The exalted Stoic pride; the Cynic sneer;
The slow-consenting Academic doubt;
And, joining bliss to virtue, the glad ease
Of Epicurus, seldom understood.
They, ever candid, reason still opposed
To reason; and, since virtue was their aim,
Each by sure practice tried to prove his
way

The best. Then stood untouched the solid
base

Of liberty, the liberty of mind:

For systems yet, and soul-enslaving creeds, Slept with the monsters of succeeding times.

Her unconfined divinity displayed;
And, still harmonious, formed it to her
will:

Or soft depressed it to the shepherd's

moan,

Or raised it swelling to the tongue of Gods. Heroic song was thine; the Fountainbard,

Whence each poetic stream derives its

course.

Thine the dread moral scene, thy chief
delight!

Where idle Fancy durst not mix her voice,
When Reason spoke august; the fervent

heart,

Or plained, or stormed; and in the impassioned man,

From priestly darkness sprung th' enlight- Concealing art with art, the poet sunk.

ening arts

Of fire, and sword, and rage, and horrid

names.

This potent school of manners, but when left

Toloose neglect, a land corrupting plague,

O Greece! thou sapient nurse of finer Was not unworthy deemed of public care, arts!

Which to bright Science blooming Fancy bore,

Be this thy praise, that thou, and thou
alone,

In these hast led the way, in these excelled,
Crown'd with the laurel of assenting Time.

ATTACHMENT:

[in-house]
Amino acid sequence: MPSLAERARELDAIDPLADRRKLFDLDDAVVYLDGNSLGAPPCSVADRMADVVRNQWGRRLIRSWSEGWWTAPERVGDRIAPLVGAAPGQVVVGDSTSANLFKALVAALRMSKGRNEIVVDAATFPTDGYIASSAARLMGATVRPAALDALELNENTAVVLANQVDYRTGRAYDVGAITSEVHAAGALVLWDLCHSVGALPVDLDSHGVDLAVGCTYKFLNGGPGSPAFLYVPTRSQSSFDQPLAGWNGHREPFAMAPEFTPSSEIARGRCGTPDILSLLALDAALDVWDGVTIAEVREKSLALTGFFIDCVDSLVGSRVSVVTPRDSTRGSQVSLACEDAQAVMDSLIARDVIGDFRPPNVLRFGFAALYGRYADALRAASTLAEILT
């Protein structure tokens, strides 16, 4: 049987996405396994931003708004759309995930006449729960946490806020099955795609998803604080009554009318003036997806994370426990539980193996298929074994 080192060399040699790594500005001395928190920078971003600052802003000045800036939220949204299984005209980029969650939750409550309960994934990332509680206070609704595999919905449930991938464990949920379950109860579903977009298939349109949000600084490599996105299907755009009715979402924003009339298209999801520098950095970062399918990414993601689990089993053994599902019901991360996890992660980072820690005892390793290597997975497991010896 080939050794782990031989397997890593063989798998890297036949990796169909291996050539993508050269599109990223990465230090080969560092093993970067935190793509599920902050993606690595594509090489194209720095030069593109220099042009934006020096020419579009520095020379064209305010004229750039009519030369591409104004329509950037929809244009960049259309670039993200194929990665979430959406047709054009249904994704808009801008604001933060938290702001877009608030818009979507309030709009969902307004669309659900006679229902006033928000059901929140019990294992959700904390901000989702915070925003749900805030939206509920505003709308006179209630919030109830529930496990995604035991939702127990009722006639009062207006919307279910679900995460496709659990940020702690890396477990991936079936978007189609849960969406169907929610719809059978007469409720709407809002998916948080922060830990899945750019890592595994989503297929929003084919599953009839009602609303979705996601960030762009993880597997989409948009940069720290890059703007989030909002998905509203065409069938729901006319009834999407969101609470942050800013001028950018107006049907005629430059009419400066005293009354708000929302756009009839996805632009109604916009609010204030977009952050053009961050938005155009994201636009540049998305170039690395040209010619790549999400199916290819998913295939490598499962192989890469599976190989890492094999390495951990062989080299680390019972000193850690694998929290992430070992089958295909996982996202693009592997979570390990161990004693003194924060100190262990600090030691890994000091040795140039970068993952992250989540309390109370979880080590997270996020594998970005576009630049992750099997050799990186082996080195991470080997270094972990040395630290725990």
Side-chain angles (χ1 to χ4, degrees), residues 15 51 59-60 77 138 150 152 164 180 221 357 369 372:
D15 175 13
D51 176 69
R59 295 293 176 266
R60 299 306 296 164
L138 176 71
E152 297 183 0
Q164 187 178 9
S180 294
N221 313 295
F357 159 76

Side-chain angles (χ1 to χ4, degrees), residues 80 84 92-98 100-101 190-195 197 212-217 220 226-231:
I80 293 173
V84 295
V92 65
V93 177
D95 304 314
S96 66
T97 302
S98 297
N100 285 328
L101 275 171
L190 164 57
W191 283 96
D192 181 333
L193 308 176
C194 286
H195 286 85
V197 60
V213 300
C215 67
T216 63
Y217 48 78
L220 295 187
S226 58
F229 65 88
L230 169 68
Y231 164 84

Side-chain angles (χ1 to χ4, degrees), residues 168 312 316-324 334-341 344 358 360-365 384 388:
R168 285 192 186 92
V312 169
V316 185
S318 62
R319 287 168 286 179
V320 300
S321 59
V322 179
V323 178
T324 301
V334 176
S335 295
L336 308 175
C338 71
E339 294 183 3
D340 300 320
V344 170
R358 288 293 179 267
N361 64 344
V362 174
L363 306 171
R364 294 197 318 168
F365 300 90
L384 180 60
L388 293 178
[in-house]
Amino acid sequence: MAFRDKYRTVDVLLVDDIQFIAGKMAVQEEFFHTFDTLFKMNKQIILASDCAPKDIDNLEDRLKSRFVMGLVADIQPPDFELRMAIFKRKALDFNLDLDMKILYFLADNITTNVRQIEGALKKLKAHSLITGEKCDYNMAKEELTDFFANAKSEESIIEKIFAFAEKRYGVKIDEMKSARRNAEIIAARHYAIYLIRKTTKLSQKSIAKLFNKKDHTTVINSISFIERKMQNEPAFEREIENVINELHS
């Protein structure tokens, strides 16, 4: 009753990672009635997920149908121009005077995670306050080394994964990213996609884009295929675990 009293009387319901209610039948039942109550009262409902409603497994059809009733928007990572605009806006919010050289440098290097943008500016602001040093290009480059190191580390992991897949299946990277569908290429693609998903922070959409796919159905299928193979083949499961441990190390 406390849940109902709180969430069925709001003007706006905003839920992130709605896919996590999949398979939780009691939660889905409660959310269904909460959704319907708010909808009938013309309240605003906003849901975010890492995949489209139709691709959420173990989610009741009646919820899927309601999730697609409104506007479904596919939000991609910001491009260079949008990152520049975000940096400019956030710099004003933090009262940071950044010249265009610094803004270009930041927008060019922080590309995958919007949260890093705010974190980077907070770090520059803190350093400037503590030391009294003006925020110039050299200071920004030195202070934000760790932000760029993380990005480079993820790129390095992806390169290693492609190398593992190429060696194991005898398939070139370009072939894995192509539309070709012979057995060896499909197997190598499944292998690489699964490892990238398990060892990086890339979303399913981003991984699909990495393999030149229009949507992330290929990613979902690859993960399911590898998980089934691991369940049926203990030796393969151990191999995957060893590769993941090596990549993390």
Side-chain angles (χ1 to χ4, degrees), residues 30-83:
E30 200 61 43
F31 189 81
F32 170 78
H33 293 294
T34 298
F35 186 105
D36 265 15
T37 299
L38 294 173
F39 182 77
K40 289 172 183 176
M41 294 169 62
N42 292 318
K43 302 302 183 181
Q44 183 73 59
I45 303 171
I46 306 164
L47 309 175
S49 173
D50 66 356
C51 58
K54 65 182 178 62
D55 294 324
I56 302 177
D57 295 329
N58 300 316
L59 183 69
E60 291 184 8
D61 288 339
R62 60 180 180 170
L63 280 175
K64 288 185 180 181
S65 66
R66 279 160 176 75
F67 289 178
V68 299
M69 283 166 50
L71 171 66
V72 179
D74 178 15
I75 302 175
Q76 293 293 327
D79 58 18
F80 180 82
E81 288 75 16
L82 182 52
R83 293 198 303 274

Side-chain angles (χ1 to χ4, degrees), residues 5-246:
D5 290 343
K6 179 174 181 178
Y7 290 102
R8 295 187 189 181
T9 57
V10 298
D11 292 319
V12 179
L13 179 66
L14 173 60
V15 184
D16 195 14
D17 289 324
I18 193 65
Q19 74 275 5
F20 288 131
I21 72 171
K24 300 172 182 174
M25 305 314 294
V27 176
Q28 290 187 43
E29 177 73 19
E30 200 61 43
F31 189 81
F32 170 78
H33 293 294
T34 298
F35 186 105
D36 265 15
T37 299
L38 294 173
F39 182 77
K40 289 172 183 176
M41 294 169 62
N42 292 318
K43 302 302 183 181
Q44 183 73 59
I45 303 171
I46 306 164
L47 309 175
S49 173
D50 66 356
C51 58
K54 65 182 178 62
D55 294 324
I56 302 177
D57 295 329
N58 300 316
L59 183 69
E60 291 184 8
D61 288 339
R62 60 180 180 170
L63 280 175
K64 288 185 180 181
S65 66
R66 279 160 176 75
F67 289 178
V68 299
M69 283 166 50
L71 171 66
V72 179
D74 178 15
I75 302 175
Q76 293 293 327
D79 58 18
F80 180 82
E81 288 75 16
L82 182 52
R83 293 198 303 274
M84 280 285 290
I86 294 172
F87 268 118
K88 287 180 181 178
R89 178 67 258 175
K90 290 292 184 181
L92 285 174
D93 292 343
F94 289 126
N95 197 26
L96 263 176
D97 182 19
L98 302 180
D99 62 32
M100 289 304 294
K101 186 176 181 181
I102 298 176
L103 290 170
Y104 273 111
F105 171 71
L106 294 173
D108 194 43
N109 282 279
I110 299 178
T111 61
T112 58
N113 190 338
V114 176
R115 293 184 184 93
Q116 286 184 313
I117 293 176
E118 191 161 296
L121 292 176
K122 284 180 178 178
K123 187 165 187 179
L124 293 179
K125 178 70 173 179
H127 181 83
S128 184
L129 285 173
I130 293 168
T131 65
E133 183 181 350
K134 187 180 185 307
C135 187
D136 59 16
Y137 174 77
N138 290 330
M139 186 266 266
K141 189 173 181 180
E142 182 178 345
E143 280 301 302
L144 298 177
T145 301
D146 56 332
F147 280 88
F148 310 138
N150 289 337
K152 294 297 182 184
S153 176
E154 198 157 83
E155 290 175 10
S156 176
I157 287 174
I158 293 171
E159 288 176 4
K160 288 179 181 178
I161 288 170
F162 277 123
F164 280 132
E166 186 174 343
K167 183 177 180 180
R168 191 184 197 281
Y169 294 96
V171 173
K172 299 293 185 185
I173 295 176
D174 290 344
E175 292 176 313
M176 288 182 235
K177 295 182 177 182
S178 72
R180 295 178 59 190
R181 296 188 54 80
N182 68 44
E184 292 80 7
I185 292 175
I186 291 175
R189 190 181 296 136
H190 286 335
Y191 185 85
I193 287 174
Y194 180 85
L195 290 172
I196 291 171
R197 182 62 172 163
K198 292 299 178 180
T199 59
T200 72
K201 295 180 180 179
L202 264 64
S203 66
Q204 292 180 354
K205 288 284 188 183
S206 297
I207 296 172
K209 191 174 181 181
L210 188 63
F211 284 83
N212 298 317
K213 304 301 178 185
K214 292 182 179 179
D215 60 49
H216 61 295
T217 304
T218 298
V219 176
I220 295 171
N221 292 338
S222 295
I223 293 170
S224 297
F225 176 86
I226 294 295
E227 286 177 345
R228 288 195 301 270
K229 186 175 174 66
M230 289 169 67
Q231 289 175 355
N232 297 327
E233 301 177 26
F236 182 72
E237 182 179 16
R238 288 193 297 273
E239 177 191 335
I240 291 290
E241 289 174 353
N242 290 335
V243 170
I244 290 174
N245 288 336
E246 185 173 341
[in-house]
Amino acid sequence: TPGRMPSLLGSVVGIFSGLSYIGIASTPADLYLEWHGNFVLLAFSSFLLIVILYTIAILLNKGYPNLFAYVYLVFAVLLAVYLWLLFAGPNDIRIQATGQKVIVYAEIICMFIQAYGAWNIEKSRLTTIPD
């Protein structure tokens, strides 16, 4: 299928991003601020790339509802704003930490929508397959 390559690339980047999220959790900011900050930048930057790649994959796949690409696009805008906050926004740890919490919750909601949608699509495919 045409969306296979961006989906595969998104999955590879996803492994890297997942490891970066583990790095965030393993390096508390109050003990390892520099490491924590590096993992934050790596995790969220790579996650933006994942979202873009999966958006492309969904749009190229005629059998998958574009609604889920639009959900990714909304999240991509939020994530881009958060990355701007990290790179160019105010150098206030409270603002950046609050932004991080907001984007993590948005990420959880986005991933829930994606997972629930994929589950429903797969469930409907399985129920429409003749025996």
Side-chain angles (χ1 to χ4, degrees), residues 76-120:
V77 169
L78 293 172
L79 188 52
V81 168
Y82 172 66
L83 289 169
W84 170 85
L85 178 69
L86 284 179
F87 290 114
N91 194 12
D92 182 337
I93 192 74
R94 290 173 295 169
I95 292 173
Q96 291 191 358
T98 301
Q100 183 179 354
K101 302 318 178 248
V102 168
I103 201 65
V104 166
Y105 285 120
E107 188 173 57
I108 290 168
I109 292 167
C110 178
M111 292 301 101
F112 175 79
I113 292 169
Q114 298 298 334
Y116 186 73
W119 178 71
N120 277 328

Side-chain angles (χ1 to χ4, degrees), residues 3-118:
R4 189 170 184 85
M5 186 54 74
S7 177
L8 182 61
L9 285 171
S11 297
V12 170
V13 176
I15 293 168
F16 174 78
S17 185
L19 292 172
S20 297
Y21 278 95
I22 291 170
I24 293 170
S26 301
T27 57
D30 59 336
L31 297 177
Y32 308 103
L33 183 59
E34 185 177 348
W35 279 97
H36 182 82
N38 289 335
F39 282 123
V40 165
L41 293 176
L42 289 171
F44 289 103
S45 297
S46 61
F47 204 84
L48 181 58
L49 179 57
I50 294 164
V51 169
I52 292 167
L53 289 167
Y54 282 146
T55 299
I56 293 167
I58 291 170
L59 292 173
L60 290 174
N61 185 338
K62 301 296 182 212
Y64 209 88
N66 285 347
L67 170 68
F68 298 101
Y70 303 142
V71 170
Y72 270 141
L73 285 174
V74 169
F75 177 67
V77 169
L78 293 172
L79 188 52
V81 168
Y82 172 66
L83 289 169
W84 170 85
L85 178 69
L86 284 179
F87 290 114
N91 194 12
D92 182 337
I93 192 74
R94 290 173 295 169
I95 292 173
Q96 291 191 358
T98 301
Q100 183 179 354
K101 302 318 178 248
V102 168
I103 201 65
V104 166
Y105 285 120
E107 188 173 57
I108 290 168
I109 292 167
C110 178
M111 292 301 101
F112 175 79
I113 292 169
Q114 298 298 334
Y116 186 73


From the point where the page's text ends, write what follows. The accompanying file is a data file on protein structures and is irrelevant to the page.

In thy full language, speaking mighty
things;

Like a clear torrent close, or else diffused
A broad majestic stream, and rolling on

And boundless cost, by thee; whose every

son,

Even last mechanic; the true taste pos-
sessed

Of what had flavour to the nourished soul,
The sweet enforcer of the poet's strain,
Thine was the meaning music of the
heart.

Not the vain trill, that, void of passion,

runs

In giddy mazes, tickling idle ears ;

But that deep-searching voice, and artful That cruel-thoughted War the impatient hand,

To which respondent shakes the varied soul.

Thy fair ideas, thy delightful forms, By love imagined, by the graces touched, The boast of well-pleased Nature! Sculpture seized,

And bade them ever smile in Parian stone. Selecting Beauty's choice, and that again Exalting, blending in a perfect whole, Thy workmen left even Nature's self behind.

From those far different, whose prolific hand

Peoples a nation; they for years on years, By the cool touches of judicious toil, Their rapid genius curbing, poured it all Through the live features of one breathing

stone.

There, beaming full, it shone; expressing Gods:

Jove's awful brow, Apollo's air divine, The fierce atrocious frown of sinewed Mars,

Or the sly graces of the Cyprian queen, Minutely perfect all! Each dimple sunk, And every muscle swelled, as nature taught. In tresses, braided gay, the marble waved; Flowed in loose robes, or thin transparent veils ;

Sprung into motion; softened into flesh; Was fired to passion, or refined to soul.

Nor less thy Pencil with creative touch, Shed mimic life, when all thy brightest dames,

Assembled, Zeuxis in his Helen mixed.
And when Apelles, who peculiar knew
To give a grace that more than mortal
smiled,

The soul of beauty! called the queen of love,

Fresh from the billows, blushing orient charms.

Even such inchantment then thy Pencil

poured,

torch